Wenxuan 文選 "Selected literature" is a literary anthology compiled during the Liang period 梁 (502-557) by Xiao Tong 蕭統 (501-531), Prince Zhaoming 昭明太子. The book is therefore also called Zhaoming Wenxuan 昭明文選.
The Liang period was a time when literature flourished. This apogee had been prepared since the Jian'an reign-period 建安 (196-219) of the late Han era 漢 (206 BCE-220 CE). For the coming two centuries writers refined literary styles and developed new genres. The amount of literature produced between the 3rd and the 6th centuries was tremendous. During the Sui period 隋 (581-618) the imperial library (see the bibliography Jingji zhi 經籍志) included no less than 249 collections with a total size of 5,224 juan. There were also first attempts to think about literary theory during the Liu-Song period 劉宋 (420-479) when scholars of the state-sponsored faculties of Confucianism, Daoism, literature, historiography and mantic arts tried to standardize the writings in their respective fields. During the Jin period 晉 (265-420), there were the literary anthologies Wenzhang liubie ji 文章流别集 by Zhi Yu 摯虞 (d. 311) and Hanlinlun 翰林論 by Li Chong 李充 (c. 400). The famous writer Liu Yiqing 劉義慶 (403-444) compiled the literary anthology Jilin 集林. All three books are unfortunately lost. Xiao Tong's Wenxuan is the oldest surviving anthology of fine literature.
Xiao Tong gathered many excellent writers at his court with which he regularly conferred about literary theory and the ideal forms of writing. He disposed of a large library of almost 30,000 juan. The Prince himself was also an ardent writer, and his collected writings have a size of 20 juan, not including his commentaries and prefaces to other texts, with a volume of 10 fascicles. His anthology of five-syllable poems, for instance, is a book of 20 (or 19) juan called Wenzhang yinghua 文章英華 (also called Gujin shiyuan yinghua 古今詩苑英華). The anthology Wenxuan has a size of 30 juan. It is possible that Wenzhang yinghua or Gujin shiyuan yinghua were just alternative titles of the Wenxuan (or a draft of it) because there is otherwise no testimony of these books, and they were "lost" before the Sui period. Xiao Tong was certainly not the only compiler of the Wenxuan, but it must be assumed that he selected the texts together with his retainers, among which persons are found that are also famous for commenting works on literature works, like Liu Xiaochuo 劉孝綽 (d. 539), Wang Yun 王筠 (fl. 531), Yin Yun 殷芸 (471-529), Lu Chui 陸倕 (470-526), Dao Qia 到洽 (477-527) or Liu Xie 劉勰 (b. c. 465), author of the literary critique Wenxin diaolong 文心雕龙.
In 30 juan the Wenxuan includes 514 writings of 130 authors from earliest times down to the very early Liang period. The writings are arranged in 38 genres, beginning with rhapsodies (fu 賦) and the highly estimated genres of regular poems (shi 詩) and then going on to many categories of "miscellaneous writings" (zawen 雜文; a more common term would be sanwen 散文 "prose"). Below the level of genres or sub-genres, the writings are arranged chronologically. Poems and rhapsodies cover the largest part of the book. Because of their great amount the rhapsodies are therefore divided into 15 sub-categories, referring to places (the capital, palaces) or imperial activities, like offering, hunting, ploughing, etc. The many regular poems are likewise divided into 23 subgroups. The literary categories of the Wenxuan are very detailed, and the development of these presents a thorough new picture of how belles-lettres could be arranged in various types of writings, which was never done before.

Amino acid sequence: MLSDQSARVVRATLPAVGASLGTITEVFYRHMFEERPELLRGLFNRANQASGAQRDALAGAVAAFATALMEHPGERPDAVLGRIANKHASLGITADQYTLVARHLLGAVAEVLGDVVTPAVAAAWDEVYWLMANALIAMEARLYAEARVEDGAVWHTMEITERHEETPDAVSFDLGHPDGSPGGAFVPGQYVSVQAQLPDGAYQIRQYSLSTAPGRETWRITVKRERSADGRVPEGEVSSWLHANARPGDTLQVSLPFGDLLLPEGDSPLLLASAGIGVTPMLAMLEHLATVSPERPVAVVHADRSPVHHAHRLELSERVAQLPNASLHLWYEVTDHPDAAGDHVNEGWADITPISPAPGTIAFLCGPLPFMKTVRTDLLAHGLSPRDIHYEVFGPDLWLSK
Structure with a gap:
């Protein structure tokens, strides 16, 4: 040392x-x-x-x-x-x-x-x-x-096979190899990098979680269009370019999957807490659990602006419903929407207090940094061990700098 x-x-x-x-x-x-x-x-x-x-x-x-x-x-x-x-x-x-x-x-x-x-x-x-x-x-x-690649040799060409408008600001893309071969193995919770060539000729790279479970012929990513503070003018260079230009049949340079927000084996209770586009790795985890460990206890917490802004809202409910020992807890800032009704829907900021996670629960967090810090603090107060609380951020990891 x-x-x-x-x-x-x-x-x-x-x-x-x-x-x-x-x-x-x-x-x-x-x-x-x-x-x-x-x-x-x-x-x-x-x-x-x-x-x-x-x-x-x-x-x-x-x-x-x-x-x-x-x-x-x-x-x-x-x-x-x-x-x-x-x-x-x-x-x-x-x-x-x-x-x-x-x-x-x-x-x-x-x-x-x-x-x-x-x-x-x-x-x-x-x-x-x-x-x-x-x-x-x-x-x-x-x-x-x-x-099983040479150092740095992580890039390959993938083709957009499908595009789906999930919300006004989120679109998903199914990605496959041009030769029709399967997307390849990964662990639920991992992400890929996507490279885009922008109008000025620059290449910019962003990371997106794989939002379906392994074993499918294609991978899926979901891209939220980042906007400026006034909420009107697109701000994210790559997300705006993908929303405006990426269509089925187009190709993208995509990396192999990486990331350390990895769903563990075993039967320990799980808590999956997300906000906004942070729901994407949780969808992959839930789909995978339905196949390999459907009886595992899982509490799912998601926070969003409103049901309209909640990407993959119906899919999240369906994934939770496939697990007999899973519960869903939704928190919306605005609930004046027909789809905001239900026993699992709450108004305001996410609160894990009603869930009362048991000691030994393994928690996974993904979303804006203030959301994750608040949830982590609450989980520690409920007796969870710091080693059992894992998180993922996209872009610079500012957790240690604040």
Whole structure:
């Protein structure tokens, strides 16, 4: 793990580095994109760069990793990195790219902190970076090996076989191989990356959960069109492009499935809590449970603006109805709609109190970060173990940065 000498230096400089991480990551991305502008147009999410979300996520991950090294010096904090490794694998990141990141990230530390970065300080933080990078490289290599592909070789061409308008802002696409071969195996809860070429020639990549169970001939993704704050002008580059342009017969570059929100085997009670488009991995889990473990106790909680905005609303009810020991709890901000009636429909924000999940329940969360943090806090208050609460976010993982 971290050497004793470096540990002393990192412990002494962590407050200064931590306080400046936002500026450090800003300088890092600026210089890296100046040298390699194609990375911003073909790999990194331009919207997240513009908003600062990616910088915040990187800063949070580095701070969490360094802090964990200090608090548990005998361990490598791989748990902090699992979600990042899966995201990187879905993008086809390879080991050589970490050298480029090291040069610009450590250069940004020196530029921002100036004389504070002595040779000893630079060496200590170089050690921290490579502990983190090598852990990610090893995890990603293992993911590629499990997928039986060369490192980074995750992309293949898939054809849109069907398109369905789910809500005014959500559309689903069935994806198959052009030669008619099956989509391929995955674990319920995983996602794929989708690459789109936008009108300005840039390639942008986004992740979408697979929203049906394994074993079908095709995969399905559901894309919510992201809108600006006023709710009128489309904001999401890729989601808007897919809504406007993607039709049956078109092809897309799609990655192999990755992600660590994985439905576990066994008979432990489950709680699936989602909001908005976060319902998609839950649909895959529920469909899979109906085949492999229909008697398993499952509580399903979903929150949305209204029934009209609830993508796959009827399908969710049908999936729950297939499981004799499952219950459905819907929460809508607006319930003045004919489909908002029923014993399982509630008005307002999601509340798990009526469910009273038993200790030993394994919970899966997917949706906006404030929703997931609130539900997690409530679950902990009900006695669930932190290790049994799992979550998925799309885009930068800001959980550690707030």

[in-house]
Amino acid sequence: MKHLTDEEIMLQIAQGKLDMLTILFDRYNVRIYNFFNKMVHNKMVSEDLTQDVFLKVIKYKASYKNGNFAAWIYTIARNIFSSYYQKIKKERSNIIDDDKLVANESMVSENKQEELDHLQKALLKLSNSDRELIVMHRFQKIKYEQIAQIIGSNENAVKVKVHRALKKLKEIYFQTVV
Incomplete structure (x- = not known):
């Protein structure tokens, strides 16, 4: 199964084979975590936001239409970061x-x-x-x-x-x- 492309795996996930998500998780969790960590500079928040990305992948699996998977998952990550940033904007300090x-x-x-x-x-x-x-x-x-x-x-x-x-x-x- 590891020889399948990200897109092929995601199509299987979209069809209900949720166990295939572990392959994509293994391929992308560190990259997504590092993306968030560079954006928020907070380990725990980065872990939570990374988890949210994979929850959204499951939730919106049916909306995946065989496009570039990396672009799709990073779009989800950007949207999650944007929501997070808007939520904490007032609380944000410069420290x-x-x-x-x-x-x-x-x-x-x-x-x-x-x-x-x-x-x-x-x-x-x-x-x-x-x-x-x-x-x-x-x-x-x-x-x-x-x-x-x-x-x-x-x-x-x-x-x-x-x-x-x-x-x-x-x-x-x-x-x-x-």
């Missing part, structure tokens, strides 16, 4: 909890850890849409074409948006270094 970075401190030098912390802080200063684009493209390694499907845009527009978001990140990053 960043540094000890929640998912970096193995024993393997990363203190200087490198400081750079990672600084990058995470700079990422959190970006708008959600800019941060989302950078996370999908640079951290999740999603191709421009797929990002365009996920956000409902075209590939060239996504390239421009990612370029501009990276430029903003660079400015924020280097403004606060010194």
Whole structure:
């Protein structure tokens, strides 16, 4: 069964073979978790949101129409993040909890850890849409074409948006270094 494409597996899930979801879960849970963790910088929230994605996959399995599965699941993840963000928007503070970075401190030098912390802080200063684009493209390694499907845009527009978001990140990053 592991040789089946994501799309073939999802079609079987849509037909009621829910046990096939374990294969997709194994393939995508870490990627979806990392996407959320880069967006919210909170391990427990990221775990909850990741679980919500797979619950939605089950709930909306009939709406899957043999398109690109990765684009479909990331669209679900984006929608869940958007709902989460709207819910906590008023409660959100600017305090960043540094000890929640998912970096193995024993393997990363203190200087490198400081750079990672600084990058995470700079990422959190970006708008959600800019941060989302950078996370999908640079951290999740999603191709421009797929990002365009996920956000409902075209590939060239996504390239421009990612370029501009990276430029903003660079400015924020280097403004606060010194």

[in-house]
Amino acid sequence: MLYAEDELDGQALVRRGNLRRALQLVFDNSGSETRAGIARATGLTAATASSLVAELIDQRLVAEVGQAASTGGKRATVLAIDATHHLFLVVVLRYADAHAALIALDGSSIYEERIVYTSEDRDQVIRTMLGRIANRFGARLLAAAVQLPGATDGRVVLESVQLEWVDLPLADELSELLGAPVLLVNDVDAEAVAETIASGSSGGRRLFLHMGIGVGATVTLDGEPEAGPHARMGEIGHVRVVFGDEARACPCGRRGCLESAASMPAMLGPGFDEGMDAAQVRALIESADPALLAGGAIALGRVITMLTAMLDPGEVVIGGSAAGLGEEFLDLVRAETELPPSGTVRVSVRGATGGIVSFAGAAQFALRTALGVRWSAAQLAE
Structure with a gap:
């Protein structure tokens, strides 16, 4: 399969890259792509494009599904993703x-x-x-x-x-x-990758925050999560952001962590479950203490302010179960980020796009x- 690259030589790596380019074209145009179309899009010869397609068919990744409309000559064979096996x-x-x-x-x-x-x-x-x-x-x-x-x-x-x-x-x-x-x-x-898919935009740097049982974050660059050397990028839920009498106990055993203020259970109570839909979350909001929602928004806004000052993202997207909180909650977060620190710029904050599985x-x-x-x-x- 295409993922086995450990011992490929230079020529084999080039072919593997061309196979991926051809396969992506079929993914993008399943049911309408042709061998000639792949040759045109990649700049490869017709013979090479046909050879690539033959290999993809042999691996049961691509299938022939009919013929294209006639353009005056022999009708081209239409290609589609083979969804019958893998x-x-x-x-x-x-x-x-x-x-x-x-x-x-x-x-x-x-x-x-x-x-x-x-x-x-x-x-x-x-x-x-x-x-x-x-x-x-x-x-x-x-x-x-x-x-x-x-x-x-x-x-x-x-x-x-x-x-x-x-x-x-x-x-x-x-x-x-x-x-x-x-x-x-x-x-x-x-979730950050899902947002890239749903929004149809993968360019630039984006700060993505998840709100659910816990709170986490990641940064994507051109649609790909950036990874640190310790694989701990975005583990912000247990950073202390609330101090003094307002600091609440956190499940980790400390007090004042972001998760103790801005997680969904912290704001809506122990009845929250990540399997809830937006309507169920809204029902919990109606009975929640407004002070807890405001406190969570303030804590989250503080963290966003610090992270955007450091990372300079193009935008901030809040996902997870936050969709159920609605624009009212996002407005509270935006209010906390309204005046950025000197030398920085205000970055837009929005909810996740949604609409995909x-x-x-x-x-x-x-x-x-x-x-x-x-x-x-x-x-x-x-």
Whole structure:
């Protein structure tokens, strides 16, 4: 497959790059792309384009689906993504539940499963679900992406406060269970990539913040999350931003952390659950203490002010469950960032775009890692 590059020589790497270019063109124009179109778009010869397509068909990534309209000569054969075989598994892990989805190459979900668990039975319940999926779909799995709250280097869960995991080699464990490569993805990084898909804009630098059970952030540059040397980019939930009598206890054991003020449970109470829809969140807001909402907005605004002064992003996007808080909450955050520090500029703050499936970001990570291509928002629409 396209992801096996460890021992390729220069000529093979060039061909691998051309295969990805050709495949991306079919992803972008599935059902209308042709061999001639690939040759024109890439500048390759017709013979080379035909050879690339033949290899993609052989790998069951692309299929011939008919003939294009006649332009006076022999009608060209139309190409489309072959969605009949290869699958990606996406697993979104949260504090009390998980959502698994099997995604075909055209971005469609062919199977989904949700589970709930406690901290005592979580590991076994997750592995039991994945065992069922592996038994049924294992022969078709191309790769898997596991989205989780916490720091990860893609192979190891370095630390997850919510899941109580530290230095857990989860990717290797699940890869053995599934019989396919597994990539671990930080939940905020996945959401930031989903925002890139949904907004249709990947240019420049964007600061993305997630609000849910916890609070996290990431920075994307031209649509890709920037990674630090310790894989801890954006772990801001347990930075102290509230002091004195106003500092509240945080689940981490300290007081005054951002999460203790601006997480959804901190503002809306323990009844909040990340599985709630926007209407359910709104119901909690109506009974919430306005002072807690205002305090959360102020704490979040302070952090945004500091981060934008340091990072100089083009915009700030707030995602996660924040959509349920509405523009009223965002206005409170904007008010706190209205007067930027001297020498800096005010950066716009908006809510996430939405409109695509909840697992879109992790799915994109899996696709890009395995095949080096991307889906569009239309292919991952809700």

Xiao Tong and his team only selected literary works and did not include any parts from the Confucian Classics, historiographical texts, or texts from the famous Warring-States-period 戰國 (5th cent.-221 BCE) philosophers. Literary comments to such books (zanlun 贊論), nevertheless, were included in the Wenxuan. The criterion thus was literary beauty, well-tasted wording, composition of regular sentences, and an overall harmony. Later scholars often criticized Xiao Tong for including obscure (Tao Yuanming 陶淵明, c. 365-427) or less important (Gushi shijiu shou 古詩十九首) poems while omitting other, more important works. Some of the pieces included have later been found to be forgeries, like Li Ling's 李陵 (d. 74 BCE) Da Su Wu shu 答蘇武書 or Kong Anguo's 孔安國 (2nd cent. BCE) Shangshu xu 尚書序.
Some paragraphs entitled as "preface" (xu 序) are not really prefaces, like Emperor Han Wudi's 漢武帝 (r. 141-87 BCE) Qiufeng ci 秋風辭, and some titles have nothing to to with the content, like Liu Jun's 劉峻 (463—521) Chong da Liu Moling zhao shu 重答劉秣陵詔書. There are also many clerical errors in the transmitted text of the Wenxuan.
|1-6||京都 Jingdu 甲乙丙||Capital cities|
|7||郊祀 Jiaosi 丁||Suburban sacrifices|
|7||耕藉 Gengjie 丁||Ceremonial ploughing|
|7-9||畋獵 Tianlie 丁戊||Hunting|
|9-10||紀行 Jixing 戊||Travel accounts|
|11||遊覽 Youlan 己||Sightseeing tours|
|11||宮殿 Gongdian 己||Palace buildings|
|12||江海 Jianghai 己||Rivers and the sea|
|13||物色 Wuse 庚||Appearance of things|
|13-14||鳥獸 Niaoshou 庚||Birds and beasts|
|14-16||志 Zhi 庚辛||Intentions and minds|
|16||哀傷 Aishang 辛||Mourning|
|17||論文 Lunwen 壬||Treatises and writings|
|17-18||音樂 Yinyue 壬||Music|
|19||情 Qing 癸||Emotions|
|19.-31.||詩 Shi||Regular poems|
|19||補亡 Buwang 甲||Supplementing missing (poems)|
|19||述德 Shude 甲||Narration of virtues|
|19||勸勵 Quanli 甲||Adhortations|
|20||獻詩 Xianshi 甲||Presentations|
|20||公讌 Gongyan 甲||Banquets|
|20||祖餞 Zujian 甲||Food offerings for ancestors|
|21||詠史 Yongshi 乙||History|